This question and answers to it contain wealth of information regarding recycling of ISS resources, and water is one of them.

Water, recycled from water waste, atmosphere moisture and urine, is virtually totally demineralised. Iodine is then used as a biocide treatment.

But what about minerals (magnesium, calcium etc.)?

As far as I know, there are two conflicting opinions: one claims that drinking only demineralised water would "wash away" minerals from the body (i.e. would not replace the minerals lost through sweating and urine with minerals otherwise naturally present in potable water), the other says it's ok as minerals would come in with food anyway.

So, having the water recovery system that "feeds" demineralised water for the crew consumption, how exactly is the minerals balance handled on ISS?

Do they mineralise the reclaimed water somehow before astronauts consuming it, or maybe the food is "pre-packed" with an additional amount of minerals (equal to the lost amount), or is it enough to just take a pill with the minerals when drinking/eating?

If it's the latter two, would it be the same from metabolism point of view (i.e. how completely are minerals "absorbed" by human organism when concentrated in food/pill compared to smaller concentrations of minerals consumed over longer period of time with potable water)?

Bonus question: Apollo astronauts did drink demineralised water being a bypass product from reaction in fuel cells, and afaik Space Shuttle produced drinking water from fuel cells too. Was minerals balance a problem/consideration at all in these missions?

  • $\begingroup$ What if there was no other water supply but the one inside a self-sufficient space settlement, then how would the water be mineralised? $\endgroup$
    – loceteg166
    Commented Feb 6, 2020 at 20:43
  • $\begingroup$ @loceteg166 some methods are suggested here: adding a pinch of a salt, or running the DI water through a bed of crushed limestone or dolomites. There might be another ways to add required ions (Ca, Mg, etc), but I'm not an expert in chemistry to suggest what these other ways might be. $\endgroup$ Commented Feb 6, 2020 at 20:56
  • $\begingroup$ Dietary intake of minerals from water is trivial compared with intake from food. Deionized water tastes a bit "flat" but from a nutritional point of view it is interchangeable with tap water. $\endgroup$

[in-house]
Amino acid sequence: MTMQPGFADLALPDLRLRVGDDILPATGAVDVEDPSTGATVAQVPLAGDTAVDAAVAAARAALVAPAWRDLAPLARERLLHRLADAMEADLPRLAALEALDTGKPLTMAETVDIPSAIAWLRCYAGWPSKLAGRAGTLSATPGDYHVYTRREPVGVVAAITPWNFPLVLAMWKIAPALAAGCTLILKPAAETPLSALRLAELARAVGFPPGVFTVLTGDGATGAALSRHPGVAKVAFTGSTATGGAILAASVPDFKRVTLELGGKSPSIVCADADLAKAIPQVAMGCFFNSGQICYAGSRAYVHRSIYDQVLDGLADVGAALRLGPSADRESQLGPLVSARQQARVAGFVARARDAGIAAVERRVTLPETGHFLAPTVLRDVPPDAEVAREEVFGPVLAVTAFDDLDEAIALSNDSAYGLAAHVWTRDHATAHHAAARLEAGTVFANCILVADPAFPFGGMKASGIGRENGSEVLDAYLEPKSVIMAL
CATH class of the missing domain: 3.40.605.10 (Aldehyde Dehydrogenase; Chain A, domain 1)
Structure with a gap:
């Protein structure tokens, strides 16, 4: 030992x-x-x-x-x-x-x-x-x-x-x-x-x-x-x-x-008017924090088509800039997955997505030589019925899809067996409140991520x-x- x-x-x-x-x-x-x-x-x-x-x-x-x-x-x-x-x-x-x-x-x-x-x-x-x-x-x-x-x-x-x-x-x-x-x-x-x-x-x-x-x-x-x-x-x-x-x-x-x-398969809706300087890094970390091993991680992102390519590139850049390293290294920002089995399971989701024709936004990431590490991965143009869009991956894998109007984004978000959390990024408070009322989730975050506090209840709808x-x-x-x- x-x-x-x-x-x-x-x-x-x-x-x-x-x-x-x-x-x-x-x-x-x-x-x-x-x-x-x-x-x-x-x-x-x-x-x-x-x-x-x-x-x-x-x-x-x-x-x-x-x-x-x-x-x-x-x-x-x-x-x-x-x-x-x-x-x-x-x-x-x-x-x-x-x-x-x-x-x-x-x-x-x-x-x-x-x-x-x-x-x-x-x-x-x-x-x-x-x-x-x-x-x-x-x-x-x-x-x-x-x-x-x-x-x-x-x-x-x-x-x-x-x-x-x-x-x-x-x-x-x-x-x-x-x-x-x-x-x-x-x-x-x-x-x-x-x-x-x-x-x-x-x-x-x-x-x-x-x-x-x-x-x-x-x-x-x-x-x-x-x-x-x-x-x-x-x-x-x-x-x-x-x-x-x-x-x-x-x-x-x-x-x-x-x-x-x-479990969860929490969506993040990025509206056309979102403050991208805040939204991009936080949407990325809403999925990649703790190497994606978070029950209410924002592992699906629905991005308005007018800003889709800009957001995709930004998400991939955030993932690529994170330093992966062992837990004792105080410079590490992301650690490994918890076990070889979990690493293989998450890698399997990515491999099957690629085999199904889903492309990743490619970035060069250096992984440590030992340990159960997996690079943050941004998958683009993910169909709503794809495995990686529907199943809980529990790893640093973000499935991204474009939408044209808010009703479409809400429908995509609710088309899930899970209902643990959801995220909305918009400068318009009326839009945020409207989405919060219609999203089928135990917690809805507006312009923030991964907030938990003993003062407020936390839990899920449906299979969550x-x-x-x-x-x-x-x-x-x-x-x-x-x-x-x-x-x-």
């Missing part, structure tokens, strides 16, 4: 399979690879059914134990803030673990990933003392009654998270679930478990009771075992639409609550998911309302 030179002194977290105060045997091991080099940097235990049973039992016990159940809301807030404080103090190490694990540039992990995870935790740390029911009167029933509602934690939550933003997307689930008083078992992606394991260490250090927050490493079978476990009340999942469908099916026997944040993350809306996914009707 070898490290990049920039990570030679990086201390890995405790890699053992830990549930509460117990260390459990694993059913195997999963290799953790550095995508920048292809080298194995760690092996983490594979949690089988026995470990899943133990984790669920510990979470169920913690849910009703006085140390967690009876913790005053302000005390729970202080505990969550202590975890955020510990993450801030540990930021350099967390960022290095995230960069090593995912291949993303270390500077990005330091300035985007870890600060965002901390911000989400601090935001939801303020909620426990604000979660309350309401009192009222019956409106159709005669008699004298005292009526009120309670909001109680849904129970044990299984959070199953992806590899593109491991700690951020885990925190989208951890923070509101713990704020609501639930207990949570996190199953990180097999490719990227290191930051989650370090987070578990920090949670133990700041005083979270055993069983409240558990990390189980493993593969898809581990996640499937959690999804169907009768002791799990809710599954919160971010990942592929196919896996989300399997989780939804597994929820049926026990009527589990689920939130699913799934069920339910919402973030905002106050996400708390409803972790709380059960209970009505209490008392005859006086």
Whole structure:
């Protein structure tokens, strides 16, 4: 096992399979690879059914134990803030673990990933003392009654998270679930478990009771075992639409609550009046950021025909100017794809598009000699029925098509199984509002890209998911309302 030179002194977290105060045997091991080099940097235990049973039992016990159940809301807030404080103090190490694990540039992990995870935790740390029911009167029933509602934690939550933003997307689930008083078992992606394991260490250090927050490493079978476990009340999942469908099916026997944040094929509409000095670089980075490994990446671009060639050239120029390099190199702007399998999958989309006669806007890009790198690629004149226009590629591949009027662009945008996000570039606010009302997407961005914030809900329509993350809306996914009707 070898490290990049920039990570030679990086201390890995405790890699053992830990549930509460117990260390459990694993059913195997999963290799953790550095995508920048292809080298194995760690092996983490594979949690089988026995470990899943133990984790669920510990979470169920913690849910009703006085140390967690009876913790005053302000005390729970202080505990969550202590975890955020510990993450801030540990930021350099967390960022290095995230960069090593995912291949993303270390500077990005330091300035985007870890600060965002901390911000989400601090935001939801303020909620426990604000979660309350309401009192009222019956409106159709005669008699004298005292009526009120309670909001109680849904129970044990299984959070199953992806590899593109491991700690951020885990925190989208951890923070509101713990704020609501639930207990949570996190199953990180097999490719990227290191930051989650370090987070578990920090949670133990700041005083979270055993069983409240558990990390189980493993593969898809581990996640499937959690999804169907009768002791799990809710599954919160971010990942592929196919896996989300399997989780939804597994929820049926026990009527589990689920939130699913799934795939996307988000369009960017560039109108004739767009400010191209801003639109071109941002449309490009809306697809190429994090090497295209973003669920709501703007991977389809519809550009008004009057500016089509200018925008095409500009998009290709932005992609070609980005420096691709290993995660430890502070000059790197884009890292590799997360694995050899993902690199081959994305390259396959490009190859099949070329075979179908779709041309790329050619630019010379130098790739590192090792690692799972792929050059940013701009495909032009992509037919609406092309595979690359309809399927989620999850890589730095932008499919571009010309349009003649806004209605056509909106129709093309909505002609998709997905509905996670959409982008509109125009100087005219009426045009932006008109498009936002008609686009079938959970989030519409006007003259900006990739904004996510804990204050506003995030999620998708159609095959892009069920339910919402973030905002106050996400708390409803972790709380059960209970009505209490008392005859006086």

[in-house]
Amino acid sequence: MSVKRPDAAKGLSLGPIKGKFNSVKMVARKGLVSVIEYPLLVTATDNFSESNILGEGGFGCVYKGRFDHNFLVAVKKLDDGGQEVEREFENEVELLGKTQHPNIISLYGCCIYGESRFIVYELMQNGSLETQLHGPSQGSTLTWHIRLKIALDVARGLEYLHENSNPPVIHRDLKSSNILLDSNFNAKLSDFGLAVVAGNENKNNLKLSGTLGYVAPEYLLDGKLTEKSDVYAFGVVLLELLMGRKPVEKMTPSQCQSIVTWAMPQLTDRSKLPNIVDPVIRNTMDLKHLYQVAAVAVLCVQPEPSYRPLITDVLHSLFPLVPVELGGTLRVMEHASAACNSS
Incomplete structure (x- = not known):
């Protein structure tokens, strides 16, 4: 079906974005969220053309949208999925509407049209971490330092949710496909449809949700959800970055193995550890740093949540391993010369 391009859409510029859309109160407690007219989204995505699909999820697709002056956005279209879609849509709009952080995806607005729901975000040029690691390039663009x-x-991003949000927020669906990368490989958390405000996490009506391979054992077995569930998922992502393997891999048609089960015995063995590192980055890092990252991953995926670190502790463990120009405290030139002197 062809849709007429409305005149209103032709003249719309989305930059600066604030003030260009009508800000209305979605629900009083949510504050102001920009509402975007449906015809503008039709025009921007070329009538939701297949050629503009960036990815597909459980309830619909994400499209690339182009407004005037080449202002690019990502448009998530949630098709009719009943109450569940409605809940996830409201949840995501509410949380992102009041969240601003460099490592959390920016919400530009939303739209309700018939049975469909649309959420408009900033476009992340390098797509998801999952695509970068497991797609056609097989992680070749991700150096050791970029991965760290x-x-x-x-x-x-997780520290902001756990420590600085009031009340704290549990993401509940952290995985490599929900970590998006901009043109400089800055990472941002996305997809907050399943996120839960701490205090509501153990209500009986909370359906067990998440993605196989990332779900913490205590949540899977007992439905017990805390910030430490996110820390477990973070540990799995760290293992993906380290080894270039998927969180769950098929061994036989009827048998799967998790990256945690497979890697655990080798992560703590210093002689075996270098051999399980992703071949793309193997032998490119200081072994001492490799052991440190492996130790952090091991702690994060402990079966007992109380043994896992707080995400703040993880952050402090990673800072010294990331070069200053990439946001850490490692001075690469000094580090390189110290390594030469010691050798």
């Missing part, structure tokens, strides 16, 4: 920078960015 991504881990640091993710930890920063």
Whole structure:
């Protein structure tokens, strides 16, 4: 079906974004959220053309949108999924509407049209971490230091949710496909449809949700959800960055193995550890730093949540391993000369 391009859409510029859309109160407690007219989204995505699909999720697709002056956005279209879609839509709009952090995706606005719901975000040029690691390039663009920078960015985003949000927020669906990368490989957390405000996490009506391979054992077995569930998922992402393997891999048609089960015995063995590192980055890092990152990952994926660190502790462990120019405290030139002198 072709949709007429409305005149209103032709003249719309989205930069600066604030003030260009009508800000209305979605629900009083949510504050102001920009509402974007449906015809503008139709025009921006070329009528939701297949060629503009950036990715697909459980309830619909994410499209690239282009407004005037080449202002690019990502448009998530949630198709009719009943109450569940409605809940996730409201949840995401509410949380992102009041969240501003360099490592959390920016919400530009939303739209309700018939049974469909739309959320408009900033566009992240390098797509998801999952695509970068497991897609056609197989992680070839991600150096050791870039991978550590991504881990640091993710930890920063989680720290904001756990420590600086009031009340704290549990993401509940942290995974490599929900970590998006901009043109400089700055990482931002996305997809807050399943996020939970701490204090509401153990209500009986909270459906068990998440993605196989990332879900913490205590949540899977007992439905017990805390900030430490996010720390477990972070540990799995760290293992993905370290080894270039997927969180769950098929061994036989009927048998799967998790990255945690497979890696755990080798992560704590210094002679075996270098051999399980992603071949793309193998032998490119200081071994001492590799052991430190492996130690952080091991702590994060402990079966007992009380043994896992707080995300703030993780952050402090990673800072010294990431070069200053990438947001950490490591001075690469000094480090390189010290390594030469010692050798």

– Woody
    Commented Feb 2, 2023 at 12:05

1 Answer 1


There are six types of water on the ISS (nothing on the ISS is simple!)

enter image description here

Note that the potable water has minerals added "for taste".

The shuttle water system added iodine to its potable water by running fuel cell product water through a microbial filter. Minerals were not added to the shuttle potable water.

enter image description here

The US iodinated water and the Russian silver-biocide treated water are incompatible; if they mix a precipitate forms. Back in the shuttle days, the US water supplied to Mir and the ISS from the shuttle fuel cells had to be processed to remove the iodide.


The ISS: Operating an Outpost in the New Frontier pp. 340-344

Environmental And Life Support Systems Training Manual pp. 5-1 and 5-2

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    $\begingroup$ Incidentally, the ISS document linked has the first decent description of the ISS systems with schematics for the intelligent layperson that I've seen NASA produce, similiar to the old shuttle press reference manual. $\endgroup$ Commented Jan 12, 2020 at 14:18
  • $\begingroup$ Thank you for the answer. Based on info from the table, it looks like only water recycled through the Russian module is used for drinking. I'm still confused with how exactly the water mass balance is arranged. For example, I've since found this article that claims Americans and Russians have separate sources of drinking water. I thought they meant sources of fresh water. But after re-reading I'm not sure, maybe they meant recycled. $\endgroup$ Commented Jan 14, 2020 at 8:50
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    $\begingroup$ It's complex and I'm not an expert on it, especially the Russian side. The document I linked goes into pretty good detail on the water systems, you might enjoy reading that part of it. $\endgroup$ Commented Jan 14, 2020 at 13:40

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